On the summit of the eastern hill, Koudiat Zarour, and about 300 metres beyond the ramparts, may be seen the remains of a large church, the most interesting monument in the place, the basilica in which was interred St. Salsa. Her parents were pagans, but Salsa had been baptized, and though only fourteen years of age, she was animated with the most enthusiastic faith. One day her parents took her, in spite of her reluctance, to a feast in honour of the brazen serpent. She protested fearlessly against the sacrifices and impure rejoicings which took place, and when the spectators had finished their rites and were sunk in a drunken sleep, she took the head of the serpent and cast it into the sea. She returned with the intention of throwing the body in also, but it made so much noise in falling that it awakened the sleeping populace, who rushed upon the girl, stoned her, pierced her with swords and arrows, and cast her body into the sea that it might be deprived of burial rites. The waves, however, carried it into the harbour, close to the vessel of a certain Saturninus, who had just arrived from Gaul; a tempest suddenly arose, and Saturninus, then asleep, had a vision that if he did not give burial to a body in the sea near his vessel, he would certainly perish. At first he paid no attention to this warning, but the gale increased, and as all hope of safety appeared gone, he leapt into the water, and his hand was miraculously guided to the girdle of the saint. He took the body in his arms, rose to the surface, and immediately the storm was succeeded by a perfect calm.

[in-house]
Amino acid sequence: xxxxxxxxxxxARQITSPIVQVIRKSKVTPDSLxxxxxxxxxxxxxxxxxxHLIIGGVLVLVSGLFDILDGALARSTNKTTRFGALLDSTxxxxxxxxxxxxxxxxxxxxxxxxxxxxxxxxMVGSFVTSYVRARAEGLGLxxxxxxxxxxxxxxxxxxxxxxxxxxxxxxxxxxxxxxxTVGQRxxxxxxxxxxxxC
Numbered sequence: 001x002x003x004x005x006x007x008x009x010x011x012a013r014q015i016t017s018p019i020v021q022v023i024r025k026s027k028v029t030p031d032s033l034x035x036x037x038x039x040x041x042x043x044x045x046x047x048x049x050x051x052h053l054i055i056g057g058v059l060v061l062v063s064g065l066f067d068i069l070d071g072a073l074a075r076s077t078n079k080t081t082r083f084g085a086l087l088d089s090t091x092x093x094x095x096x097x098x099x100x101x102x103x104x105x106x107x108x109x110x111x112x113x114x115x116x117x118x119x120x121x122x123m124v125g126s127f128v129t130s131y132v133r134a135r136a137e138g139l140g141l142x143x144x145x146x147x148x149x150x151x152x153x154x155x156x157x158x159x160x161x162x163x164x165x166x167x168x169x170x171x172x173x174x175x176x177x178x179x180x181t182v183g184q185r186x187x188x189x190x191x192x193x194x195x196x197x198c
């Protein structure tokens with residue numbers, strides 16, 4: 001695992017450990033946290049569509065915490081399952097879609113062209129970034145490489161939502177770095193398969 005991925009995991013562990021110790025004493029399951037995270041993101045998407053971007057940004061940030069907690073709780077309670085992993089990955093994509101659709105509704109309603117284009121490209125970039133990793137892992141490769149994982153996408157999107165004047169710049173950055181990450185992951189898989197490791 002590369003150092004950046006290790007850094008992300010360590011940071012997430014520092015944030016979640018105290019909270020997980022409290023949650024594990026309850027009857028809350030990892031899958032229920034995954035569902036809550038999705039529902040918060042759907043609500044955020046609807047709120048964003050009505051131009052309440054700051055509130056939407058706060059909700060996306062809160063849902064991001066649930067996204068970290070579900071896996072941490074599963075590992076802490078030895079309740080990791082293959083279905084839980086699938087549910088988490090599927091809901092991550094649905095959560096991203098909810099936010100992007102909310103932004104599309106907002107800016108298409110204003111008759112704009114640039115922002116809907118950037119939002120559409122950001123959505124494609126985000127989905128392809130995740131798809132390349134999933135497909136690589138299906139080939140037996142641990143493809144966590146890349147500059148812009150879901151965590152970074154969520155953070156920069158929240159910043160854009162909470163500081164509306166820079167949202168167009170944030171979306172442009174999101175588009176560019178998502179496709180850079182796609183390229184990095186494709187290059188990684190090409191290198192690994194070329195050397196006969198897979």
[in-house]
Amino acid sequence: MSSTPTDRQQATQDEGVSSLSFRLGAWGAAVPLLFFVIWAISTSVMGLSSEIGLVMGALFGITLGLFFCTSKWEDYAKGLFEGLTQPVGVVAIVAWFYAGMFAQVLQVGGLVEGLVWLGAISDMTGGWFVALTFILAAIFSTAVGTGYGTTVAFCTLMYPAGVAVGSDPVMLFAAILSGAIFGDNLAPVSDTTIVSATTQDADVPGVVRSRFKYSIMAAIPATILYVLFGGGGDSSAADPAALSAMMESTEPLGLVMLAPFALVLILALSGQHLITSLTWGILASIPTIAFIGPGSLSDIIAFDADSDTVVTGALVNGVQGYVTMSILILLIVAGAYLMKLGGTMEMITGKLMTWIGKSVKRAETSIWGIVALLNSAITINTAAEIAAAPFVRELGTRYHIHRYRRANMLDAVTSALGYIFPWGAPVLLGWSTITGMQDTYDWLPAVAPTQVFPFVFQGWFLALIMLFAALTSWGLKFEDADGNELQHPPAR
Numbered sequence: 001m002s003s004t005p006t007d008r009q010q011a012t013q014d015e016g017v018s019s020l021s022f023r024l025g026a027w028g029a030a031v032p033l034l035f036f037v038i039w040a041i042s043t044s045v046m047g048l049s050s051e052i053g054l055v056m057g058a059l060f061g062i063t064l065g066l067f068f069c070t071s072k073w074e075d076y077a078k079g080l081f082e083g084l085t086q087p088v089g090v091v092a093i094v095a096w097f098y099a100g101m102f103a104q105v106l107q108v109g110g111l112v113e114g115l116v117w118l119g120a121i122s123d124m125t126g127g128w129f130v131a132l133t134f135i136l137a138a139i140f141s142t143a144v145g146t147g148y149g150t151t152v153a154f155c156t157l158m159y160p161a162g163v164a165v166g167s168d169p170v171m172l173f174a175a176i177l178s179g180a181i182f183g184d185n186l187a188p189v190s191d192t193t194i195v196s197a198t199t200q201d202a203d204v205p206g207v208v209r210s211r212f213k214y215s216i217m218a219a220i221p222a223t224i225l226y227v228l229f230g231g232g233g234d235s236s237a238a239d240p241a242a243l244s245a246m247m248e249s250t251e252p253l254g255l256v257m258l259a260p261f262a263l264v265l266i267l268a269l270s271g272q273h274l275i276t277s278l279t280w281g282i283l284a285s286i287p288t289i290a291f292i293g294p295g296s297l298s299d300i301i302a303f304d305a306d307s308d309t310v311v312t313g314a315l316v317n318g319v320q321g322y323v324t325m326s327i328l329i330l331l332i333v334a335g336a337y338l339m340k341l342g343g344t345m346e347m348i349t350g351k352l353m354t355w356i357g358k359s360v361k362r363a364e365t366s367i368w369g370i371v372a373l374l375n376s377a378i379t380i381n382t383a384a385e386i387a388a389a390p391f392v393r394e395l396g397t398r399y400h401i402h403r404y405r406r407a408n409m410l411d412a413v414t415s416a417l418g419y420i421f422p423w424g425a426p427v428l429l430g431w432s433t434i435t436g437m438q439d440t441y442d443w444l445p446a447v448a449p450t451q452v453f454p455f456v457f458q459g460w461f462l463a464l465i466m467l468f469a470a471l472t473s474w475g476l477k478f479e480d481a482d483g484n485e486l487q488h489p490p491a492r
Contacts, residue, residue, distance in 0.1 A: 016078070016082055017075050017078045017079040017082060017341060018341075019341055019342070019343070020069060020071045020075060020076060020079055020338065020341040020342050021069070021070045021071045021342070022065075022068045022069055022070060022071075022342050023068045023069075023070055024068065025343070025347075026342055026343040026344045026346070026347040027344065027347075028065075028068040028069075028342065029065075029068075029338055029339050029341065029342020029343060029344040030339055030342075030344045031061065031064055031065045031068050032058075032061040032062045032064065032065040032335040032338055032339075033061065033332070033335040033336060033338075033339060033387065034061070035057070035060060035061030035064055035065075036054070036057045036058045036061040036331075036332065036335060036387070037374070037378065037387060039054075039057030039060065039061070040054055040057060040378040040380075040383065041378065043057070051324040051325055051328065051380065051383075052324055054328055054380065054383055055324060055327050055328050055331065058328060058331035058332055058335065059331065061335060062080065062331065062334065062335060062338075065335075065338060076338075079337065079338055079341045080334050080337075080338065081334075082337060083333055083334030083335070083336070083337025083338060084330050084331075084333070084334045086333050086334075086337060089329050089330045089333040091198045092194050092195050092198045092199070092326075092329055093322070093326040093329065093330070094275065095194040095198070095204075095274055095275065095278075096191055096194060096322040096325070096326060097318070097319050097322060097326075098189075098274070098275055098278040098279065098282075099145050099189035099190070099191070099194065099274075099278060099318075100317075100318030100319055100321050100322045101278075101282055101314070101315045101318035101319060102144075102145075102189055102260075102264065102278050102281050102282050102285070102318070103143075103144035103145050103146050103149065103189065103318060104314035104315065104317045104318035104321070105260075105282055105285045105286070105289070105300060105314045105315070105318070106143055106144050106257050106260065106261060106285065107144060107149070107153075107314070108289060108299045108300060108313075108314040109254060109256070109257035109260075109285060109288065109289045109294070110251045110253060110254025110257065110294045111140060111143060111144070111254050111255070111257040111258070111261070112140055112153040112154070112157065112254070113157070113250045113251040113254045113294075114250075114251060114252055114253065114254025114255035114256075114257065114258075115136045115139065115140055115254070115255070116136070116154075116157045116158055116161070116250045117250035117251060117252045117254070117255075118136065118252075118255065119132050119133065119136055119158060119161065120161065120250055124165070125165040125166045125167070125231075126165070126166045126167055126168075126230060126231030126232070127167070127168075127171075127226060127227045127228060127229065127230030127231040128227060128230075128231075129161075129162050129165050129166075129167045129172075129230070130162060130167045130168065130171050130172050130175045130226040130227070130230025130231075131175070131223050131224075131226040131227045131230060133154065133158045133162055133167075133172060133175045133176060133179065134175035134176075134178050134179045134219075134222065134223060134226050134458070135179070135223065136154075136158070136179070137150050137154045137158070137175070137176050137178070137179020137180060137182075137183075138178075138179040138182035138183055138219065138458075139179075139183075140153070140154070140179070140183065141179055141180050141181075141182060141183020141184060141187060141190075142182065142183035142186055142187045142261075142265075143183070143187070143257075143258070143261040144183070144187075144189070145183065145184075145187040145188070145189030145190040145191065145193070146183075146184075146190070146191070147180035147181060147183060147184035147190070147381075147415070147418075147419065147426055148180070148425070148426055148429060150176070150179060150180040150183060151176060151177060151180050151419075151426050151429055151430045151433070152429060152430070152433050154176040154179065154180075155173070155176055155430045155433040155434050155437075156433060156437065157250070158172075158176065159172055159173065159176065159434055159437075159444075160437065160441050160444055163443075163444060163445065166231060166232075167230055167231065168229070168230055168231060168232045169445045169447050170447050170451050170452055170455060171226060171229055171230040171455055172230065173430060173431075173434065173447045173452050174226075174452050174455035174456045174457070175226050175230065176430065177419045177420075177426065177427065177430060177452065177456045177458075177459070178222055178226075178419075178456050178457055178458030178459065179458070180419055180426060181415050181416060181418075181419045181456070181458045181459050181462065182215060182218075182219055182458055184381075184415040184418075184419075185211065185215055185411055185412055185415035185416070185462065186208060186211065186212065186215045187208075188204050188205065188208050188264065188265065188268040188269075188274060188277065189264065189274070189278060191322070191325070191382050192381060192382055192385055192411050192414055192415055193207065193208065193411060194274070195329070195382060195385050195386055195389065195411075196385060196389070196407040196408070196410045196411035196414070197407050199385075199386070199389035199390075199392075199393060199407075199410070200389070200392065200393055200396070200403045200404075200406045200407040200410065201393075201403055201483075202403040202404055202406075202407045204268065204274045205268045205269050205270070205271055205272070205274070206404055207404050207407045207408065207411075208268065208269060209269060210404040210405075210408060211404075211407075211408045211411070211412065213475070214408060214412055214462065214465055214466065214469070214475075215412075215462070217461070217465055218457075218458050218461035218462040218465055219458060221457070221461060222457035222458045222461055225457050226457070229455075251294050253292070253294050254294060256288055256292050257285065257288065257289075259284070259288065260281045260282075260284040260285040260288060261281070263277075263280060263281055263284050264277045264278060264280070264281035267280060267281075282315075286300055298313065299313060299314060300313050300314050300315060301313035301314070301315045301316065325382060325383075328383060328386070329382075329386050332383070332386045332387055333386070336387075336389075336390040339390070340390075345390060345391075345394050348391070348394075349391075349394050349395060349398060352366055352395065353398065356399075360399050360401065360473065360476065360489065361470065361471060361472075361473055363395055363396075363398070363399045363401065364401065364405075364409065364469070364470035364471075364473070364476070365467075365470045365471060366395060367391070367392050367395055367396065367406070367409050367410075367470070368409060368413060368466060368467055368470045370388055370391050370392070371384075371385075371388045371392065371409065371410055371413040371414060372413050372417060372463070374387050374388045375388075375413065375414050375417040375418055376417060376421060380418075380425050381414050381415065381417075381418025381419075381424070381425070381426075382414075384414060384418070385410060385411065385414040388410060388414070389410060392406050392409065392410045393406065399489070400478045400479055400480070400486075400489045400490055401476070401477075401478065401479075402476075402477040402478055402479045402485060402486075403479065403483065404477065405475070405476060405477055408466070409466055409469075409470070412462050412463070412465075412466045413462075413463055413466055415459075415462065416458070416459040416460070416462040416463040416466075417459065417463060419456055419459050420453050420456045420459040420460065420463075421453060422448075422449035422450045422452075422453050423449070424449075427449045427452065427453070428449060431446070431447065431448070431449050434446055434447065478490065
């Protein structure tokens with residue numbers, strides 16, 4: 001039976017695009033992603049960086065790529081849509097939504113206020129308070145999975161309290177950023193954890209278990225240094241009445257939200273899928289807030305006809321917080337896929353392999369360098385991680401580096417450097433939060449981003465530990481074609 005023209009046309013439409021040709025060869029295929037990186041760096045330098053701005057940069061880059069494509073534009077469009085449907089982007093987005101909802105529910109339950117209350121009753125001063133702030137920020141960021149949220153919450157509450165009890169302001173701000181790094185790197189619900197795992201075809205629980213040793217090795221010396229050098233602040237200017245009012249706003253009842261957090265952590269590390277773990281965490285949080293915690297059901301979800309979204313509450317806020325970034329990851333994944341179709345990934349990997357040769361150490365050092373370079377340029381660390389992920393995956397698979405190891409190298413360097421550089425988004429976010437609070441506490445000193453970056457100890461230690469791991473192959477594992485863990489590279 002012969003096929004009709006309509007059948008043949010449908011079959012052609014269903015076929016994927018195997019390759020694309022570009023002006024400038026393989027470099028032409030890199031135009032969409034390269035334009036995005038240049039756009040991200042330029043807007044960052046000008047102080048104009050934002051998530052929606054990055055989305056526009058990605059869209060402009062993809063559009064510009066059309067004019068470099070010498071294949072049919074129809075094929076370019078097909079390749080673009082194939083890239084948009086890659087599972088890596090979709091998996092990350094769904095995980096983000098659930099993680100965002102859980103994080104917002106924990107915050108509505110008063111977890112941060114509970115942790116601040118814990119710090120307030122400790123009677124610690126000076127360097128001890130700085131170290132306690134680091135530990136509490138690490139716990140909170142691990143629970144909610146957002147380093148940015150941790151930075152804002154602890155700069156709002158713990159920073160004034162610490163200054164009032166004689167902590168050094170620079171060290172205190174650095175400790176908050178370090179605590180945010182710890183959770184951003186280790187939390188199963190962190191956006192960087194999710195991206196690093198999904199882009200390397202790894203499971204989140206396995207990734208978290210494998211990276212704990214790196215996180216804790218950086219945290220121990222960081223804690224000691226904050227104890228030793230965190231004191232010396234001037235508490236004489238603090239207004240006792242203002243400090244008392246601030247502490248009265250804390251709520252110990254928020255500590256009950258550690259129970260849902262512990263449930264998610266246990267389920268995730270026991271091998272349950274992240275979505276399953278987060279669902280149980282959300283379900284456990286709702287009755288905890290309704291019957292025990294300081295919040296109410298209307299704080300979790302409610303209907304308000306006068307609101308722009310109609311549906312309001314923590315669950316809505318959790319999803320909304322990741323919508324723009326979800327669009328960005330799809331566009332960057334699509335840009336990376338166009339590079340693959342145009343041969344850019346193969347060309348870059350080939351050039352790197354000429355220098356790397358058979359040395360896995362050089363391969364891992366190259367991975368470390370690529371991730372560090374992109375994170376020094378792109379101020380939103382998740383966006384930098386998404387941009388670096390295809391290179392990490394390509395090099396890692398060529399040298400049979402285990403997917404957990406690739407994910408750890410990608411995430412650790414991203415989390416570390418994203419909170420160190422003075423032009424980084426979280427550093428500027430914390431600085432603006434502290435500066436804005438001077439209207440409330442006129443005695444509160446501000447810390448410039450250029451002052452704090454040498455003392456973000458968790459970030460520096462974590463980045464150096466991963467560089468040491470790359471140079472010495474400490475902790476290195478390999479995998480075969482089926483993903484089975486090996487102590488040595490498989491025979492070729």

From: Sir Robert Lambert Playfair, Handbook for Travellers in Algeria and Tunis. London: J. Murray, 1895.
Editor’s Note: This story took place in Tipasa, Algeria around 400 A.D. Today, in Tipasa, nothing remains of the basilica except ruins. In this case, “salsa” has nothing to do with chile peppers. In Latin, “salsa” is plural and means salted foods.